The home is located at 1008 West Avenue. It was added to the National Register of Historic Places on December 16, 1982.
Sight description based on wikipedia
Robinson-Macken House

4) Robinson-Macken House

The Robinson-Macken House is a historic home in west downtown Austin, located at 702 Rio Grande.

Built in 1876 for the family of Elizabeth and John Robinson Sr., this two-and-half-story farm house is a fine example of the Second Empire style of architecture coupled with Italianate detailing.

Located within the original 1839 Austin town plan drawn by Edwin Waller, it is in close proximity to the house built by the locally prominent Bremond family. It shares stylistic similarities with the Bremond house, now preserved as the Bremond Block Historic District. The Robinson's son, Eugene, purchased the house from the other Robinson heirs in 1902. The house was then bought in 1928 by Joe and Bridget Macken, in whose family it remained until 1983. Both John Robinson and Joe Macken were Austin community leaders, serving at different times as chief of the volunteer fire department and city alderman. Prominent features of the l-plan Robinson-Macken house include projecting bay windows with classical detailing, fine milled wood elements, dormer windows, and a mansard roof.
Sight description based on wikipedia
John Bremond House

5) John Bremond House

The John Bremond House is part of Bremond Block Historic District - a collection of eleven historic homes in downtown Austin, constructed from the 1850s to 1910.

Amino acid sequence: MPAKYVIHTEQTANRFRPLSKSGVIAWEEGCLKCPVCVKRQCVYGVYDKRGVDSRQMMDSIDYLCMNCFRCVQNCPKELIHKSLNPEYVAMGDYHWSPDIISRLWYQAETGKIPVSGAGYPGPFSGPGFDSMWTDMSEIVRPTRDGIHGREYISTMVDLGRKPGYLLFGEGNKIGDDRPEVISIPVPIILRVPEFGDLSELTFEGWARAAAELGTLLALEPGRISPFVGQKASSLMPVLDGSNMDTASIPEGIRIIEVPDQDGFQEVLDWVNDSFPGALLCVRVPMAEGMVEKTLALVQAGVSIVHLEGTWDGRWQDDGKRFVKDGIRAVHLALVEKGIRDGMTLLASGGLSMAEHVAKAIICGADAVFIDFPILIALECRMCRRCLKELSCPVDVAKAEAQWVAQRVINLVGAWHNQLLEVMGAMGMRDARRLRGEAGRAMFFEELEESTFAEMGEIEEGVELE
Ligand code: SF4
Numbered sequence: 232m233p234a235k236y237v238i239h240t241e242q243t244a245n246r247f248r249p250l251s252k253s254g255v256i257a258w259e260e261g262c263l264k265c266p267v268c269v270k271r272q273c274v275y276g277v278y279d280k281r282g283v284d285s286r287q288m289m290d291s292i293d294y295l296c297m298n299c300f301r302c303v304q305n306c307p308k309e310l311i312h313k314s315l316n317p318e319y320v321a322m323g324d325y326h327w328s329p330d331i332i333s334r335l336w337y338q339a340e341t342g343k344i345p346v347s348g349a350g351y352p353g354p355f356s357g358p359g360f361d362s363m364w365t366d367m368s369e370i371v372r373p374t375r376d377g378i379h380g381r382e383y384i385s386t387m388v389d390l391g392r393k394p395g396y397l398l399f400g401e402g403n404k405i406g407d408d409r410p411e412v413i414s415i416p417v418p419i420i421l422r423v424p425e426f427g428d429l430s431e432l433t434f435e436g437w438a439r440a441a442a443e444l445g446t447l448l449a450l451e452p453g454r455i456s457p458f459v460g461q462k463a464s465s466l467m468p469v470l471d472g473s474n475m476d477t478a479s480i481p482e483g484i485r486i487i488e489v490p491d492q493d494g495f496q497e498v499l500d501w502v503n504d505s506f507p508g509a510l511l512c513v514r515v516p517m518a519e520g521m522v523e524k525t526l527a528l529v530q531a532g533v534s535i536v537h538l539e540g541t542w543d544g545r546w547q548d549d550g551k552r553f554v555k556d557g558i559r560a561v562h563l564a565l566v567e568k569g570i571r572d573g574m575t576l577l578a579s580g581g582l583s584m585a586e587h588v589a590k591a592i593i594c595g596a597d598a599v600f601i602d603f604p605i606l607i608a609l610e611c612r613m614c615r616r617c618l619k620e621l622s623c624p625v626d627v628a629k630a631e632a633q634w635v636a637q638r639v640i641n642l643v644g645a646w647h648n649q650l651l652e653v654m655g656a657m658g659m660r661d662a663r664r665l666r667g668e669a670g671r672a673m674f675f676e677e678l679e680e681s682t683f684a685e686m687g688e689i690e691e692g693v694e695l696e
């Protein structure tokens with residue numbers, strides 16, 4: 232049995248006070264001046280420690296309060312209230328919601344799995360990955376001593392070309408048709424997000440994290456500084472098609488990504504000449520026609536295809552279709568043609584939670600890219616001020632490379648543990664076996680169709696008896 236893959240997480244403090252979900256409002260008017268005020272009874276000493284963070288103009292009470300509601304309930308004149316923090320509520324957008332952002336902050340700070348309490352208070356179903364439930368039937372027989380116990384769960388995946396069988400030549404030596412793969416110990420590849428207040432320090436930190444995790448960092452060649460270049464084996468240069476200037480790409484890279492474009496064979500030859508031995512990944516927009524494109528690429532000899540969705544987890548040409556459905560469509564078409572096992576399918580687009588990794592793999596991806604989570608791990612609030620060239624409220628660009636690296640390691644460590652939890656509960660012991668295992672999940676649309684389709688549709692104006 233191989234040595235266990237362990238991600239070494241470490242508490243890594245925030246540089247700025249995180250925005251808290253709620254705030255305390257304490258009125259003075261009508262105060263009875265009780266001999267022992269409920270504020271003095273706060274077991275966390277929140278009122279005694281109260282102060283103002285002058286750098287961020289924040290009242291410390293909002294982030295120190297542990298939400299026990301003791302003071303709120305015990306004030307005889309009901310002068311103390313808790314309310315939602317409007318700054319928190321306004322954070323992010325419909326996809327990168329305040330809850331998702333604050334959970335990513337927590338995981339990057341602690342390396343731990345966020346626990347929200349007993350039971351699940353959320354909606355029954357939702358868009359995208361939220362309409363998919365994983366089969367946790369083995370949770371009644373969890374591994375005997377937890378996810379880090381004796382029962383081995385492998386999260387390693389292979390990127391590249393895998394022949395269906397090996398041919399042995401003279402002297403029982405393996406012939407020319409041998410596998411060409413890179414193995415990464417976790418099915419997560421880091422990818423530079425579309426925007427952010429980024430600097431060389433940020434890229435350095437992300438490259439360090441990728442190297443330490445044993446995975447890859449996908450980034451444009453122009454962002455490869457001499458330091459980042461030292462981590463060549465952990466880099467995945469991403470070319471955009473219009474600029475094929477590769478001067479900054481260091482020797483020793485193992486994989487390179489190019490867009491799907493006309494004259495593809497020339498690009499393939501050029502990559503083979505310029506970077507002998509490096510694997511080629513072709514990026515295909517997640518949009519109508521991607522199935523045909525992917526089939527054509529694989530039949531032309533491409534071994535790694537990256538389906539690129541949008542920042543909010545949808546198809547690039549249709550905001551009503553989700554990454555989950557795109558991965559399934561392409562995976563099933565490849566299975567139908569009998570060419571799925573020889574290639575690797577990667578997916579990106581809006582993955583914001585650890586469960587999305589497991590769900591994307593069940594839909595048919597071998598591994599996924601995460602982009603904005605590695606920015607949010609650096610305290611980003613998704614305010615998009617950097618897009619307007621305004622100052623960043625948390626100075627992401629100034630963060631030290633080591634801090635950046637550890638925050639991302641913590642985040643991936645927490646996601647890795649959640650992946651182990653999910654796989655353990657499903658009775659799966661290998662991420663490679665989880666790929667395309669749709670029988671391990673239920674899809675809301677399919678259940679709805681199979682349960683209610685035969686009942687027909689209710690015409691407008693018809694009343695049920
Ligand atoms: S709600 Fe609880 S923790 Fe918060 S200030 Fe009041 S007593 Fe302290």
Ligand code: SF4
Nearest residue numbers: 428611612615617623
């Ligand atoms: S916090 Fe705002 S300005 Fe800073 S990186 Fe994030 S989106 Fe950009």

The block was added to National Register of Historic Places in 1970, and is considered one of the few remaining upper-class Victorian neighborhoods of the middle to late nineteenth century in Texas. Six of these houses were built or expanded for members of the families of brothers Eugene and John Bremond, who were prominent in late-nineteenth-century Austin social, merchandising, and banking circles. They are located within the square block bordered by West Seventh, West Eighth, Guadalupe, and San Antonio streets. The district also includes several houses on the west side of San Antonio and the south side of West Seventh, at least three of which were built or altered by the North family.
Sight description based on wikipedia
Henry Hirshfeld House and Cottage

6) Henry Hirshfeld House and Cottage

The Henry Hirshfeld House and Cottage are two historic homes in downtown Austin, Texas originally inhabited by the prominent Hirshfeld family. The cottage, built in 1873, housed Henry and his wife Jennie until the larger house was built in 1885. The homes have been well-preserved and today house the Office of Governmental Relations for the Texas A&M University System. The buildings were added together to the National Register of Historic Places in 1973.

Designed and built by architect John Andrewartha, Henry Hirshfeld House features characteristics of Victorian and Eastlake styling. Exterior ornamentation includes a double gallery, a bay, strained glass, ornate woodwork, and intricate limestone detailing. The two-story stick style carriage house was built soon after completion of the main residence.

Hirshfeld had one-story stone cottage built for his family in 1873. It features a widow's walk on the roof and jigsaw detailing on the porch. After the family moved to their new residence on the adjacent east lot in 1888, the cottage was maintained as rental property.